When the Messiah comes, will the various decisions and laws established by ChaZAL (i.e those after prophecy departed from Israel) still be in effect, or will the return of prophecy nullify the previous rulings?

EDIT: The remaining part of the question has been asked as it's own question here.

AFAIK part of the decrees during the Men of the Great Assembly was that all matters of halacha will be decided by the various known principles, and not by prophecy. I'm not sure if it was always like that and it was just being firmly stated, or if it was a new thing. Not sure if this should be it's own question, but this question assumes the latter (that before then, prophecy was accepted in the realm of halacha).

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    If you don't know if something is true, asking a question based on it seems quite silly. Why not first find out if it's true?
    – Double AA
    Commented Feb 28, 2016 at 14:38
  • That second paragraph is false. It's a verse in the Torah, not a decree by the Great Assembly. Commented Feb 28, 2016 at 22:58
  • @MichaBerger could you find the exact source? It might be an asmachta, i.e when they decided to continue that way they used that pasuk
    – jj2
    Commented Feb 28, 2016 at 23:08
  • Added to my answer. Note that this was how things were done the day Moshe died. Osniel / Yaavetz reestablished the laws forgotten during the transition in court by legal process. See aishdas.org/asp/osniel-ben-kenaz and aishdas.org/asp/legislative-authority-of-bas-qol Commented Feb 28, 2016 at 23:11
  • @MichaBerger the first link there says " The Great Assembly included the last of the prophets. One couldn’t “feel for” the right answer as reliably, and halachic reasoning came to the fore." That seems to support the latter part of my post.
    – jj2
    Commented Feb 29, 2016 at 0:02

1 Answer 1


One of the ways one knows a prophet is false is if he attempts to overturn a halakhah on a permanent basis. (See Rambam, Yesodei haTorah 9:4, Chinukh mitvah #517.) A prophet could be told to make a one-time exception, as Eliyahu did when he offered a sacrificed on Mt Carmel. (Rambam ibid 9:3)

So, if someone were to come claiming to be Elijah, some other fellow is the mashiach, and a whole bunch of halakhah is getting changed through extralegal means, we know he's lying.

However, with the arrival of the messiah (or perhaps somewhat before or after) will be the restoration of the Sanhedrin. One high court can overturn the rulings of an earlier court. According to the Rambam (Hilkhos Mamrim ch. 2), the rules are:

1- Any Sanhedrin can overturn the legal interpretations of an earlier Sanhedrin, including derashos (laws derived by through formal hermeneutics of the Torah's text). So if they understand a Torah law or otherwise preexisting law differently, the law could change to fit their understanding.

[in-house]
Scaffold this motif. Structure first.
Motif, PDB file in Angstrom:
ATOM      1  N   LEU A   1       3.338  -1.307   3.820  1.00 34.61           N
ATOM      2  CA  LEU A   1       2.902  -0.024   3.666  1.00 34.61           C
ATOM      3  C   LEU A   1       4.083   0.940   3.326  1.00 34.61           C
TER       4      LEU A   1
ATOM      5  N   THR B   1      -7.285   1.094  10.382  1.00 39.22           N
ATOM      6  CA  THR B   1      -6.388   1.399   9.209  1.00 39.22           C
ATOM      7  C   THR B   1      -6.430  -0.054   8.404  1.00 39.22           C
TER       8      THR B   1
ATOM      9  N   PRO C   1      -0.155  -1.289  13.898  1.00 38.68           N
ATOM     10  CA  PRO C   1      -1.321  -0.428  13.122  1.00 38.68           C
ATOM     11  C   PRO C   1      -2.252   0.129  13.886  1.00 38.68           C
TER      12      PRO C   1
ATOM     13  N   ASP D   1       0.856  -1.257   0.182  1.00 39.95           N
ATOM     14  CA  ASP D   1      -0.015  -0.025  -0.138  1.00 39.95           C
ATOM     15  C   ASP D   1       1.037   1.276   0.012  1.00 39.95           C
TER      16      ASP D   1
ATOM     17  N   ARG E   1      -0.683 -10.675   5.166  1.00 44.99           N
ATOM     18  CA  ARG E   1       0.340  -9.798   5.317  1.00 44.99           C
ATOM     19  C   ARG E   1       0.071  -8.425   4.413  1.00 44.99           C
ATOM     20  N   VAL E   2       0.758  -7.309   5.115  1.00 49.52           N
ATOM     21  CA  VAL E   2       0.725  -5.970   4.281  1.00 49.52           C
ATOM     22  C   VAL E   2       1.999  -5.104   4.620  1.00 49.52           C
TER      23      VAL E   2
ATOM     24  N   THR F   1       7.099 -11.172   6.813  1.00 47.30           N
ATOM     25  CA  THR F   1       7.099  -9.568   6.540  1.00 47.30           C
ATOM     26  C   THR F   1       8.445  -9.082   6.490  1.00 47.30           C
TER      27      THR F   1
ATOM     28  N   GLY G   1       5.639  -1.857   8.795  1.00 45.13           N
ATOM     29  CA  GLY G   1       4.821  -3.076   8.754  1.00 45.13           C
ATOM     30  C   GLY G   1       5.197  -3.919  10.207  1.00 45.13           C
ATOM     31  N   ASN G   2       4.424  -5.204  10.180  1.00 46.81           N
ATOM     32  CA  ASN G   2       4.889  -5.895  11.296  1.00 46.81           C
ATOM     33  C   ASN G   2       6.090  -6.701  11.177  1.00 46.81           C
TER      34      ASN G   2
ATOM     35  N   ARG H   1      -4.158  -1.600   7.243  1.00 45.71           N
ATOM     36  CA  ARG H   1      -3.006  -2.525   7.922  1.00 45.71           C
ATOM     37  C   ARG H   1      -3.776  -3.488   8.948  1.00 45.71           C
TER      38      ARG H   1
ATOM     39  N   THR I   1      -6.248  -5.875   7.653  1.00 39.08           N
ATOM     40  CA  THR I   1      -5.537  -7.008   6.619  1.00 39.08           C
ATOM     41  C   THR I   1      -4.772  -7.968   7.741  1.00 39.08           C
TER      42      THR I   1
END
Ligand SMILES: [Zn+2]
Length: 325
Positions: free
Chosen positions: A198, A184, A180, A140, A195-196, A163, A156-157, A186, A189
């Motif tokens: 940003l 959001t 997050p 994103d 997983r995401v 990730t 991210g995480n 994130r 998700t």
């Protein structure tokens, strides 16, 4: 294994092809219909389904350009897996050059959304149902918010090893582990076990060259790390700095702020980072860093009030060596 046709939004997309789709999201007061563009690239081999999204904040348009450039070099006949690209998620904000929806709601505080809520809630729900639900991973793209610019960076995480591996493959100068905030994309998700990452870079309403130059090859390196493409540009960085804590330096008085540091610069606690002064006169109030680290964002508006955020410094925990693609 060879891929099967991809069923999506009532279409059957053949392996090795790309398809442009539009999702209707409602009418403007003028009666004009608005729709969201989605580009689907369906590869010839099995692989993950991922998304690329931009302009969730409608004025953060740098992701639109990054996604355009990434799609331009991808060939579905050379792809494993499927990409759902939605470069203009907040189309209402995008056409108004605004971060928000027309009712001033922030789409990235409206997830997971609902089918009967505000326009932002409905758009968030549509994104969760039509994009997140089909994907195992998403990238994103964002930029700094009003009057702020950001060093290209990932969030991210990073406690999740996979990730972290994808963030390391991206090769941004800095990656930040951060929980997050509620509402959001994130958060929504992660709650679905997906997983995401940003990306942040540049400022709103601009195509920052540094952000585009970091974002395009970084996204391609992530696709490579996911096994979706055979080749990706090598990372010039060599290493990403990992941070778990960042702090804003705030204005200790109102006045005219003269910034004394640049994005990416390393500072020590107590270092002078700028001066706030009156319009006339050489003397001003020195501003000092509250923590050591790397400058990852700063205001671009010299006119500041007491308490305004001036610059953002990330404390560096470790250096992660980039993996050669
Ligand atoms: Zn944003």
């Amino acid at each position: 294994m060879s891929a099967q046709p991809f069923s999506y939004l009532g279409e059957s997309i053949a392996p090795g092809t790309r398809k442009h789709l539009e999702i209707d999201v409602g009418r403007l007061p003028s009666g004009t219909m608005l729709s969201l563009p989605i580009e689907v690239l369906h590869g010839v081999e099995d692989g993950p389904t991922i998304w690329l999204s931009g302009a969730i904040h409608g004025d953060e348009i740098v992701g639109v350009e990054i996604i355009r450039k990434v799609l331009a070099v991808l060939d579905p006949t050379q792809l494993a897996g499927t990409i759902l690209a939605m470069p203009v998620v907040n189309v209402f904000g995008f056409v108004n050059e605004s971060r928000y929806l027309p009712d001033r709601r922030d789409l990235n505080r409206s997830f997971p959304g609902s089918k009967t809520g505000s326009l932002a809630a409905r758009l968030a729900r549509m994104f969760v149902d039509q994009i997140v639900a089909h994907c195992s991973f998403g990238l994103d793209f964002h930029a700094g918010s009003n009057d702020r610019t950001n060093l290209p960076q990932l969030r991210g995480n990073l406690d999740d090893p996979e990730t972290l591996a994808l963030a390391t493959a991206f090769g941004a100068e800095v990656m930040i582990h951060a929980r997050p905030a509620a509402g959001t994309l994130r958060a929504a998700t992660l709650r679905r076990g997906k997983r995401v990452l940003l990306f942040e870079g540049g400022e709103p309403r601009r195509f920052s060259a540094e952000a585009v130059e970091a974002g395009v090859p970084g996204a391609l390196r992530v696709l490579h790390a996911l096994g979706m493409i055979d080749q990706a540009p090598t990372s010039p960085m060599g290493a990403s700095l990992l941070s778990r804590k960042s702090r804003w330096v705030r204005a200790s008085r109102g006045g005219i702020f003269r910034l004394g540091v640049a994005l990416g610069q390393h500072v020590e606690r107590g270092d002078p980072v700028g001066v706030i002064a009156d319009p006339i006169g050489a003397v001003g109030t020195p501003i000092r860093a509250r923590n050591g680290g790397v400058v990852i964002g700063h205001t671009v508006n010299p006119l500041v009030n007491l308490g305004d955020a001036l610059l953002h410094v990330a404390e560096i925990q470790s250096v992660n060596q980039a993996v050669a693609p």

2- A Sanhedrin that is greater in wisdom and number than an earlier court can repeal that earlier court's legislation. This speaks to undoing the creation of new law.

(In practice, I would expect a court that was not greater in wisdom and number would not be too willing to exercise the power to second-guess prior legal decisions either. But the power is theirs to wield.)

So, an ideal messianic Sanhedrin, which would be even greater in number and wisdom than Chazal's couts could indeed change much of halakhah from the way our Chazal interpreted and legislated. In regular, halachic process, ways.

Given the above: Statements like the Zohar's that after the mashiach comes we will switch from following Beis Hillel's rulings to beis Shammai's are aggadic, cannot be taken at face value. It could just be voicing an expectation of how the future Sanhedrin will rule, or even more meta... that they keep current rulings, but the new Sanhedrin would conceptually more Shamaitic in outlook. We'll see that they mean when it happens. But the Torah itself cannot change.

By the way... the source for requiring that law be created by legislative process, with any prophetic input to be ignored, is derived from the verse: "לֹא בַשָּׁמַיִם הִואֿ -- it is not in heaven." (Devarim 30:12) This is invoked in Bava Metzia 59b. Which is why, when Moshe died and 300 laws were forgotten, another 700 thrown into doubt, the rulings are not restored by prophecy. Rather, Osniel ben Kenaz reestablished them deductively, using the rules of legislation. (Yuma 80a)

  • How do you know that the future court will be greater in wisdom than the earlier generations? Is that only referring to scientific wisdom? If it is referring to Torah wisdom, we probably know a lot less than they did, especially being that they had ruach hakodesh, unless you assume that we will have that same ruach hakodesh when messiah arrives. Commented Feb 28, 2016 at 20:36
  • @Emetv'Shalom that's kind of the question, will ruach ha-hakodesh play a role when the Messiah comes?
    – jj2
    Commented Feb 28, 2016 at 21:04
  • Ruach haqodesh will play no greater role in the halachic process than it did since we entered Israel. "It is not in heaven." The Sanhedrin, however, will be taught by Eliyahu. According to one opinion in the Yerushalmi, that's the primary reason for Hashem keeping him around to return -- so that we can have a generation that is closer to Sinai, picking up from the chain of ordination as it was back when we had prophecy. Commented Feb 28, 2016 at 22:53
  • Let us continue this discussion in chat.
    – jj2
    Commented Feb 29, 2016 at 16:43

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